Cedric's Pagan Thoughts

The spiritual meanderings of a NeoPagan shaman, an eclectic Wiccan, a Celtic musician, a world traveler, a bard, and an uncompromising cat-loving Bast-worshipper

Tuesday, April 18, 2006

The Myth of True Love

[This article originally appeared in The Rising Wind magazine.]

Myth is a fascinating word. In common usage, it means a falsehood--a belief that, though widely held, is patently false. We Pagans of course have a deeper meaning for the word. To us, a myth is a story that, though not factual, contains some deeper truth; a truth so fundamental that it shapes our lives and cannot be clearly expressed in mere literal speech. That kind of truth requires a story, an image captured in words.

So which meaning do I invoke when I title this piece “The Myth of True Love”? I’ll leave that conclusion for later.

When I studied classical mythology in college, my professor had a fantastic ability for telling stories, and he often held us breathless for the entire hour with his renditions of the great myths. One of those tales I have repeated many times, for it speaks of the nature of true love. It goes like this:

In the beginning, before the first stroke of time and the first dawn of day, there dwelt a race of wondrous beings. Each had a body, consisting like ours of two arms, two legs, and a trunk. But unlike us, each of these beings had two heads, though each pair of heads shared a single soul. Also unlike us, these two-headed souls lived in complete bliss, never wanting for anything, never lonely, never sad; for each of these beings was complete in itself. Longing was utterly unknown.

Then the gods decreed that time must begin and the first day must dawn. And in that great sundering, each of the double-headed souls was split into two, each half-being inheriting but half a soul. These half-beings were then spread throughout all times and all lands to be incarnated as the human race. Thus each human half-soul feels incomplete, longing for its lost soulmate. Some happy few meet that special person and regain the lost bliss of completeness.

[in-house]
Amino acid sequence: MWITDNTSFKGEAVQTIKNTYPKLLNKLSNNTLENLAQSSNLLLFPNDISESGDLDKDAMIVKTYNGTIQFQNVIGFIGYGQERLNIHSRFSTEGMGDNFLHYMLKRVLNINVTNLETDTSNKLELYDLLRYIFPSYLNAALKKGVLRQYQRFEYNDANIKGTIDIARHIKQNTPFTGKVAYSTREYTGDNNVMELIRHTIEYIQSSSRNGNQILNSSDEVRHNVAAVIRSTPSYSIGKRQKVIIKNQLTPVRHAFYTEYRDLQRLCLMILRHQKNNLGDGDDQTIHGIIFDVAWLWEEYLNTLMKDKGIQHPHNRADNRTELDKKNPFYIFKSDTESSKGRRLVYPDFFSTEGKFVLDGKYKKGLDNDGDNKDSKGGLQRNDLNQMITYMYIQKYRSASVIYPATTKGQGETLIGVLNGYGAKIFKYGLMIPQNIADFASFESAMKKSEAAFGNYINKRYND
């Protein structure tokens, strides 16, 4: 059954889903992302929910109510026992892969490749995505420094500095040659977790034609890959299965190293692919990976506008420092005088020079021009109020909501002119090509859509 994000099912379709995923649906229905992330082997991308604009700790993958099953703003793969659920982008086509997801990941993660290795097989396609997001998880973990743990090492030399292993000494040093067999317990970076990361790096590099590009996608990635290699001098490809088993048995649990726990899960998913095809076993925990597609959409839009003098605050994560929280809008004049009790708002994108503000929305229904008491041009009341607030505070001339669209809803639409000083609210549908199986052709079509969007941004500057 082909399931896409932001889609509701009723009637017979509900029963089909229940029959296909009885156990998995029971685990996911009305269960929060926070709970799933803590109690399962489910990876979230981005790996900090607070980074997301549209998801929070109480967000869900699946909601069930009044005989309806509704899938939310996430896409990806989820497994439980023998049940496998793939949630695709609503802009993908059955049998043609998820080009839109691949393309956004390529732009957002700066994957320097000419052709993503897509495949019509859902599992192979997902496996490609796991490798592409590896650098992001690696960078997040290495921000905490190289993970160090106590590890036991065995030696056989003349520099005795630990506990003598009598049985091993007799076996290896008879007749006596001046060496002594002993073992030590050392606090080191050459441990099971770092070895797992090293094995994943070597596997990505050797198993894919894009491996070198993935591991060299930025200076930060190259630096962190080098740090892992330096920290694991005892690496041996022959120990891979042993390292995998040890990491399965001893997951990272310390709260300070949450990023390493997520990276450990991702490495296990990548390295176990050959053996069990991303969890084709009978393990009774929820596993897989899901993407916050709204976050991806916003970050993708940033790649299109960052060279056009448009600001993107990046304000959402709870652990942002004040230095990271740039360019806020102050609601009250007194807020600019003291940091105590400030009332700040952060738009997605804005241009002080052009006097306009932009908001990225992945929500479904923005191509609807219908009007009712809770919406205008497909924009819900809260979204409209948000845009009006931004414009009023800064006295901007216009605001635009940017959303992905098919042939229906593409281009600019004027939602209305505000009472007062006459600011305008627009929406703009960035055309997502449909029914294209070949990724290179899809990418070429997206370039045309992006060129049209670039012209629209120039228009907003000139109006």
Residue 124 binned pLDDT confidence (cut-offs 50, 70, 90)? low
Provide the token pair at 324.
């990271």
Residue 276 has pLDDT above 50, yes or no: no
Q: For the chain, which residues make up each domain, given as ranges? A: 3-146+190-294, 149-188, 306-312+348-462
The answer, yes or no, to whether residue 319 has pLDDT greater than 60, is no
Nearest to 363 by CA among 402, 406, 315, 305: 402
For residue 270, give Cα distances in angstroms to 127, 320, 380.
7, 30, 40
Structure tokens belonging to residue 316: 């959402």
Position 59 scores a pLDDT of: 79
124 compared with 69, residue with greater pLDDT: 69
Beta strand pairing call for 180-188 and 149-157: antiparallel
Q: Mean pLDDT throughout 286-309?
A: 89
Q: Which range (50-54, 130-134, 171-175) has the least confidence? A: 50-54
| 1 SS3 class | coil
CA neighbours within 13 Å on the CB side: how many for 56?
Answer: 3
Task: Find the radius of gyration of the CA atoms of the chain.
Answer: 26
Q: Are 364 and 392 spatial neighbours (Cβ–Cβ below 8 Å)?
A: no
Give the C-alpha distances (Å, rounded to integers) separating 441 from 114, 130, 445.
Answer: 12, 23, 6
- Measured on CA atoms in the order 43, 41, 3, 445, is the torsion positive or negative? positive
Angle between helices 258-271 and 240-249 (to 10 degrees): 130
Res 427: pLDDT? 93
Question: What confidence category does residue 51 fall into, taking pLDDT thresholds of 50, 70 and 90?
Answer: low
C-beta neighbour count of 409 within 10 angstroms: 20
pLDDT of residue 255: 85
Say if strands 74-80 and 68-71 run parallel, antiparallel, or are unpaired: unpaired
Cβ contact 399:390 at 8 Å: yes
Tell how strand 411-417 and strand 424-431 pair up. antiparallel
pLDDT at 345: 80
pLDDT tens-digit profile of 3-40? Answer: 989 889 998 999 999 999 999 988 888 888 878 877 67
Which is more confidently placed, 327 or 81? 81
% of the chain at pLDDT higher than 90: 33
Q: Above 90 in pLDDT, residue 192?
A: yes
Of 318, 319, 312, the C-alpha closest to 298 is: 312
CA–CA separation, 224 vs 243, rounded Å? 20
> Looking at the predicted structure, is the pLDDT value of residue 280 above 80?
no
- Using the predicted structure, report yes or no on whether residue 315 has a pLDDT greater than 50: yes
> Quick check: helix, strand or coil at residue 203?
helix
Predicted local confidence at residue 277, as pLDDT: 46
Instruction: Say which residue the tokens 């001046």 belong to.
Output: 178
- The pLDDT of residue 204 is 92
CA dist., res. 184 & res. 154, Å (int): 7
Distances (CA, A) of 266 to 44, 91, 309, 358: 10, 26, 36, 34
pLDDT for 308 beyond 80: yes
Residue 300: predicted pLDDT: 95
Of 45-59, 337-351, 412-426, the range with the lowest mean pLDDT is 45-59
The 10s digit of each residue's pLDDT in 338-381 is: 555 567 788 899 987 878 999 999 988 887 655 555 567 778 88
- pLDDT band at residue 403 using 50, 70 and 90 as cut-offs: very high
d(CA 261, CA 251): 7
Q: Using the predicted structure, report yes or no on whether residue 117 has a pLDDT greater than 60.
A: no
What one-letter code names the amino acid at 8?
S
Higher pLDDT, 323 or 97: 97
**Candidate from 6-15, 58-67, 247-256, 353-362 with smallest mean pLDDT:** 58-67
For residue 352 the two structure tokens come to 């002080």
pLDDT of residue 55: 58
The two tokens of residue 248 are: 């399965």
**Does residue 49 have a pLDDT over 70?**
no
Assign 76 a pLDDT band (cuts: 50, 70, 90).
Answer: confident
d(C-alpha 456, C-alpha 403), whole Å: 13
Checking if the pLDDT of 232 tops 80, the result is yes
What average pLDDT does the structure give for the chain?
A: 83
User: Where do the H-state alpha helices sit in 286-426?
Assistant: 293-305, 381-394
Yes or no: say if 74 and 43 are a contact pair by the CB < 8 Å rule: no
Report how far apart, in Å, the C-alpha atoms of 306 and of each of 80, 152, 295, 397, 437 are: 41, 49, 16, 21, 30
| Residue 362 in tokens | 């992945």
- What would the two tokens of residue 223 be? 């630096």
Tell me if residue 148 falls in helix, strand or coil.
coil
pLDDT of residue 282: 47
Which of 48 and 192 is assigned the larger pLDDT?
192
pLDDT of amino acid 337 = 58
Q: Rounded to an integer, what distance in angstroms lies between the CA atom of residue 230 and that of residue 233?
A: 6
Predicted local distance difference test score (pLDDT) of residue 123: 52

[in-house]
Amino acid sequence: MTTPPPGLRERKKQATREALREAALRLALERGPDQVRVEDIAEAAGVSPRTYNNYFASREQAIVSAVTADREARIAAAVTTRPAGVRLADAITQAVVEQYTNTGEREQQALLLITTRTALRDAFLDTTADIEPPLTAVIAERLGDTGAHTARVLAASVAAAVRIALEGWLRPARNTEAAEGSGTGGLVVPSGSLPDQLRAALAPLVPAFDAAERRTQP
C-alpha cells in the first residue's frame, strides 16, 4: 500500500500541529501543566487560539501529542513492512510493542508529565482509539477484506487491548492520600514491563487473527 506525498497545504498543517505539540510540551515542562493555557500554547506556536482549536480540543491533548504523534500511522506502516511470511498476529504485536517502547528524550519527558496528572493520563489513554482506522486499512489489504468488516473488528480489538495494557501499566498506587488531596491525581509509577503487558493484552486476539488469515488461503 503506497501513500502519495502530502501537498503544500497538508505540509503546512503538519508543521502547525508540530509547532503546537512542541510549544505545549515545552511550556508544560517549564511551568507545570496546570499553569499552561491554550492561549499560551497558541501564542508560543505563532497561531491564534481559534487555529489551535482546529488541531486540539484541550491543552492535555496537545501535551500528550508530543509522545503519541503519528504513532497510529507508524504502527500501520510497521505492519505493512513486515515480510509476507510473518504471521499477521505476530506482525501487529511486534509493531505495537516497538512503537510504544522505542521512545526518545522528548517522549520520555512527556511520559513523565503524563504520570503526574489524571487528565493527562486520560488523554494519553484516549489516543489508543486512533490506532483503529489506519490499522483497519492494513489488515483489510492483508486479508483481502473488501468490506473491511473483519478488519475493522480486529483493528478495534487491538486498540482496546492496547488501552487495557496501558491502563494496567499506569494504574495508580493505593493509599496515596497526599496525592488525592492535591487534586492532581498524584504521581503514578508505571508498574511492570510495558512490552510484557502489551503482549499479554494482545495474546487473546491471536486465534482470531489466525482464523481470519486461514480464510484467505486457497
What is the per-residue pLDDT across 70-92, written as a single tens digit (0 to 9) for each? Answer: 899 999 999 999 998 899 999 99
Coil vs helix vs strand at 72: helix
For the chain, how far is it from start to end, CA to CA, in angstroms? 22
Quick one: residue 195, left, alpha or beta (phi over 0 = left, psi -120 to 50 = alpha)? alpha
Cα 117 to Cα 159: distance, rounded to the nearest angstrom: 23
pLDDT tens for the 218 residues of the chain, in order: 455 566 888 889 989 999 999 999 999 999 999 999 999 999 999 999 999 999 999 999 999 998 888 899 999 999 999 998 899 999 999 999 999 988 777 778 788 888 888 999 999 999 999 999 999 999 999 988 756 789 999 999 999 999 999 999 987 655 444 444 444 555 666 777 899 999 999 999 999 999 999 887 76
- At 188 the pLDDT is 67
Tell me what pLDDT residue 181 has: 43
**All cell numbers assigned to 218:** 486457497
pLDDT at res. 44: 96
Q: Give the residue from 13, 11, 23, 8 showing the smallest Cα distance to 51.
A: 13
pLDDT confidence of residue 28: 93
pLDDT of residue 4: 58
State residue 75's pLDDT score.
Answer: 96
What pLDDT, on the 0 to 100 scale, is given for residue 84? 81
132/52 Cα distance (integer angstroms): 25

Isn’t that a beautiful myth? If you happen to be in love at this moment, you know exactly that feeling of completion, that sense of having known your partner before this life. If you are in that state right now as you are reading this, you might not want to hear what I will say next.

Here it is: The myth I related above, though beautiful and moving as all myths about true love are, is utterly false and dangerous.

Sure, it seems wonderful on the surface, but do we want to structure our lives around a belief that cruel? Certainly, if we are with someone, the myth gives us a sense of cosmic destiny, and if we are alone, it grants us magnificent tragedy. Honestly, though, the odds of finding your one true love in that scenario are quite slim. What if your soulmate was born in another time, or halfway around the globe? What is beautiful about a myth that condemns most of the human race to misery?

Remember as you read this that our beliefs shape our realities, and the myths we choose serve as blueprints and floorplans. Just as a floorplan might look beautiful but be ultimately difficult to live with, the myth of true love leads most often to heartbreak and despair.

Why does the myth resonate then? Why do all of us know that feeling of being a half a soul, longing for completion? The reason is simple. Most of us are not whole. We long for reconnection with the Divine wholeness we once knew. But it is in ourselves, not others, that we must seek that wholeness. If we do not regain completion within ourselves, we will never find it with another. Connecting with another person can never take the place of connecting with the Divine.